A question came in that asked what to do to really play better next year. The dewsweeper indicated they were willing to work at it but wanted real improvement. I am going to take my answer from an article I wrote in Florida Golf Magazine. It’s not easy, and it is not magical. but it works with every student. Read below and take heed for a great season in 2009!
Don’t read this if you are happy playing the same way you has been. You don’t want to read this if you do not want to get better. And certainly don’t read this if you are looking for a quick fix.
Below is the recipe that I use every day for success at the Hank Johnson School of Golf and on the Dewsweepers to help people play golf better, shoot lower scores and do it quicker more effectively than they ever thought possible.
Fundamentals are forever: We use that saying all the time. It doesn’t matter what level you play at whether you are a tour player or a club level player always pay attention to your fundamentals.
Grip: I start every lesson with a grip check of my student. You should do the same when you practice. Make sure your grip does not start to creep into the palm of your left hand. (For a right handed player) The left hand for a right handed player controls the club face. If the left hand moves so does the clubface. It is critical to have your left hand positioned on the club correctly at the base of the fingers of your right hand rather than in the palm.
Start every lesson with a grip check
Posture: Balanced and athletic. Your weight should be centered in the middle of your feet. Feel as if you were about to jump straight up in the air. Keep your chest up and your rear out. Make sure you lower yourself to the ball with a combination of knee flex and your hips. A body set up out of balance will move to try and find a balanced position during the swing. This will make it difficult to turn correctly and return the club to the correct low point.
Ball Position: Incorrect ball position can cause other issues to creep in. Keep the ball position about even with the logo on the front of your golf shirt. I use that visual often when teaching to give my students a reference point. For the driver you will want it slightly more forward. Develop a pivot motion: We use a saying with all our students; “You don’t move your hands and arms with your hands and arms”. When you learn to move the club with your body you will begin to improve your ball striking immediately. I have found that golfers that seem to tread water and never really get better all are trying to hit the ball with the club and are trying to move the club with their arms and hands. All good players move the club with their pivot. If you want to get better you need to develop this as well. Here is how you can start. Always start with short shots. Not only will your short game improve but it is much easier to learn proper mechanics with short shots at less than full speed. If you want to get better learn to chip correctly and at the same time you will be educating your hands on how to properly function during the golf swing. Hit short chip and run shots and learn to accomplish the following. Brush the grass in front of the ball; finish with the buttons on your shirt turned around to the left (right handed golfer) and with the club head below your hands with a flat left wrist and a bent right wrist. (Right handed golfer).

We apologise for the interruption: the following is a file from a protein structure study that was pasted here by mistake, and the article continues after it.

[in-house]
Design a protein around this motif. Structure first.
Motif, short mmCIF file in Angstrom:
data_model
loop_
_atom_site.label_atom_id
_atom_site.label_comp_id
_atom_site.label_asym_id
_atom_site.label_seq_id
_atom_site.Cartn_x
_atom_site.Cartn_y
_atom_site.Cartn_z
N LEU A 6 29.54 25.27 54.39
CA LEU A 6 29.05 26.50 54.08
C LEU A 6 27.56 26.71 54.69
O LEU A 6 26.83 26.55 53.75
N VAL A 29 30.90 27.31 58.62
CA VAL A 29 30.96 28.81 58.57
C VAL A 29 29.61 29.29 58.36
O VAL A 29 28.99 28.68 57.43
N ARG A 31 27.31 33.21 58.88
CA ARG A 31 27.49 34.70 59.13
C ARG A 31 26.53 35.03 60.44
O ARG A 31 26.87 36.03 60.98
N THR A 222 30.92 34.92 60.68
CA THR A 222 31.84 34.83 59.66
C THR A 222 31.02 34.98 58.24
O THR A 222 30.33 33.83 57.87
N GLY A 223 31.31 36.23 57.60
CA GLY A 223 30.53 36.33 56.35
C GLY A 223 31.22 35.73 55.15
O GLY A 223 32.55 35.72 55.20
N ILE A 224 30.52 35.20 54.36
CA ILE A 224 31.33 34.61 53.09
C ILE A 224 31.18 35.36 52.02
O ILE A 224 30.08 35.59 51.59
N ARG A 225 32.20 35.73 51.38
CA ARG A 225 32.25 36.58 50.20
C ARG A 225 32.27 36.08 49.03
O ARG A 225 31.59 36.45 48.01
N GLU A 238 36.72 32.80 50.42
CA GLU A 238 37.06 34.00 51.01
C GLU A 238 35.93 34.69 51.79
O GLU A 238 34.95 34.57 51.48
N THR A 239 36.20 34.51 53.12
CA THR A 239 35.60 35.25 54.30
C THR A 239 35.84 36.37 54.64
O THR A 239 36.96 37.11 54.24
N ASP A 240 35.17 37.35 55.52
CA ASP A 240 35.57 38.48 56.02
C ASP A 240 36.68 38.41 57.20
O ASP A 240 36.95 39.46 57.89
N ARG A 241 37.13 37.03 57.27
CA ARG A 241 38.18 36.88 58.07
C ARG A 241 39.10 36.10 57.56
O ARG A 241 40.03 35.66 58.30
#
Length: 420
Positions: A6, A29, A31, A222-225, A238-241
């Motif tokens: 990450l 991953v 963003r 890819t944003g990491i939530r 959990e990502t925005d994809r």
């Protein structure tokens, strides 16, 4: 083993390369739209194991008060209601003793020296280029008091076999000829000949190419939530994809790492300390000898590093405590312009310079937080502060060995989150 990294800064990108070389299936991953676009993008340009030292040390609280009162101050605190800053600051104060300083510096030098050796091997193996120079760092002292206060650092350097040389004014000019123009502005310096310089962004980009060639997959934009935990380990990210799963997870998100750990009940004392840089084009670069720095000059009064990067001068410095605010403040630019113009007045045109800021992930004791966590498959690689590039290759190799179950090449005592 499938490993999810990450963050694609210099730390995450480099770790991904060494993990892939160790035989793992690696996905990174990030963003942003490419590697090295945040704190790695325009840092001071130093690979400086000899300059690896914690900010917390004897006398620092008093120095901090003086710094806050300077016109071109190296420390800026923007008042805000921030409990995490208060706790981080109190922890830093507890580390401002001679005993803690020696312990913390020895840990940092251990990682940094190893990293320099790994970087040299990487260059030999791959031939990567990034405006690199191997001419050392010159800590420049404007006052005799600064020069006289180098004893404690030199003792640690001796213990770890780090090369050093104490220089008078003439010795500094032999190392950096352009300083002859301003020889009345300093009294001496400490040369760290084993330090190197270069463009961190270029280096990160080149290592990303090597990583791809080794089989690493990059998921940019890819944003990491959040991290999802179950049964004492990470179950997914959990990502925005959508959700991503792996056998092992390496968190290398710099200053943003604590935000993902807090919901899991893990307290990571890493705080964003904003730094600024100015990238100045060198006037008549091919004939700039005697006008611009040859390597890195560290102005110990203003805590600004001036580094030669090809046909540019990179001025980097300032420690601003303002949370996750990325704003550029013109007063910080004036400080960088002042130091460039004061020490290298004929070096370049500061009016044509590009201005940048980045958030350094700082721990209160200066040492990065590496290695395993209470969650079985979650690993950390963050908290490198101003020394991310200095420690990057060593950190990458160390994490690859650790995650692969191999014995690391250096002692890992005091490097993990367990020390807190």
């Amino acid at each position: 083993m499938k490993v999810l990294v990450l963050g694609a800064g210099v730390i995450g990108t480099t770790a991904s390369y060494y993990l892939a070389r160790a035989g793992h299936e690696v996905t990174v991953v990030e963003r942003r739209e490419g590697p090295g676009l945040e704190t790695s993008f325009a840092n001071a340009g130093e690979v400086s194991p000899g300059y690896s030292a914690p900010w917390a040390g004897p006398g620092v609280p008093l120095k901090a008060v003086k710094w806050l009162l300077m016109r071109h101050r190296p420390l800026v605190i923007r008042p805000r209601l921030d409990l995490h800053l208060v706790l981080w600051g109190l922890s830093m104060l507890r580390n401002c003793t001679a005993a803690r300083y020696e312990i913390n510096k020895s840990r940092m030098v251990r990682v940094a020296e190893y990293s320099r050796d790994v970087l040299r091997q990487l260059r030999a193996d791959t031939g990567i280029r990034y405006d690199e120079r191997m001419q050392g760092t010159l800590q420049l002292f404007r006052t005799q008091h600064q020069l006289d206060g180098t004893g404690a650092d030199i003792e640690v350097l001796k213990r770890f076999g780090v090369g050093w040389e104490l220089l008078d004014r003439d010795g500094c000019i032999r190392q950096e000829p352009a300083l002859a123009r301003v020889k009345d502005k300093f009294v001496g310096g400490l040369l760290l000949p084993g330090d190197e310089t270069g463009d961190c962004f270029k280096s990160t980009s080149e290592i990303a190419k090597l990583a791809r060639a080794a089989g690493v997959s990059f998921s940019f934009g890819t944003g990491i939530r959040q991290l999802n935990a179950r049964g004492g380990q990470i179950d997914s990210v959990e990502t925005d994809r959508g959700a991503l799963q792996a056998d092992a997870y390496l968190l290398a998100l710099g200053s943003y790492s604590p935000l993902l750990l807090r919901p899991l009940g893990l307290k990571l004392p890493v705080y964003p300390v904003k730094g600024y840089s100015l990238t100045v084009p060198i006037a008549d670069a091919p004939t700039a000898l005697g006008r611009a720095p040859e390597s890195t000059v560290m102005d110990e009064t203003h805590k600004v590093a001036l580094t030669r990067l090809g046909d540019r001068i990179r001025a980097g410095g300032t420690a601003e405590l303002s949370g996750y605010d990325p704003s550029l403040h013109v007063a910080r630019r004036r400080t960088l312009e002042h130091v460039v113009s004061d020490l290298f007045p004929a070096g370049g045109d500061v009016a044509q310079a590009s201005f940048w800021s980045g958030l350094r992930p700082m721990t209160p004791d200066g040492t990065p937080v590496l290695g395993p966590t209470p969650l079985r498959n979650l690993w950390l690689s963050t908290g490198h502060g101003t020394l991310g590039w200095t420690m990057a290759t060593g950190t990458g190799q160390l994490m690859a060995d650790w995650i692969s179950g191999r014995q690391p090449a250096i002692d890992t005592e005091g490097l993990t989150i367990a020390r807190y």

Now that you have educated your hands continue to develop your pivot with a pitch shot. Keep your arms in front of your body both back and through. A great drill I use is to have my students hit 30 yard pitch shots with a golf towel under their arms and across their chest. This drill is great for promoting a swing which keeps your arms matched up and moved by your pivot.
While this program is not glamorous or new it is incredibly effective. All you have to do is learn and monitor your pre swing fundamentals, educate your hands through short chips and then develop a correct pivot motion. Try this program and see if you don’t begin to hit the ball more solidly and consistently and find yourself on your way to cutting your handicap in half. If you don’t believe us you should ask our students.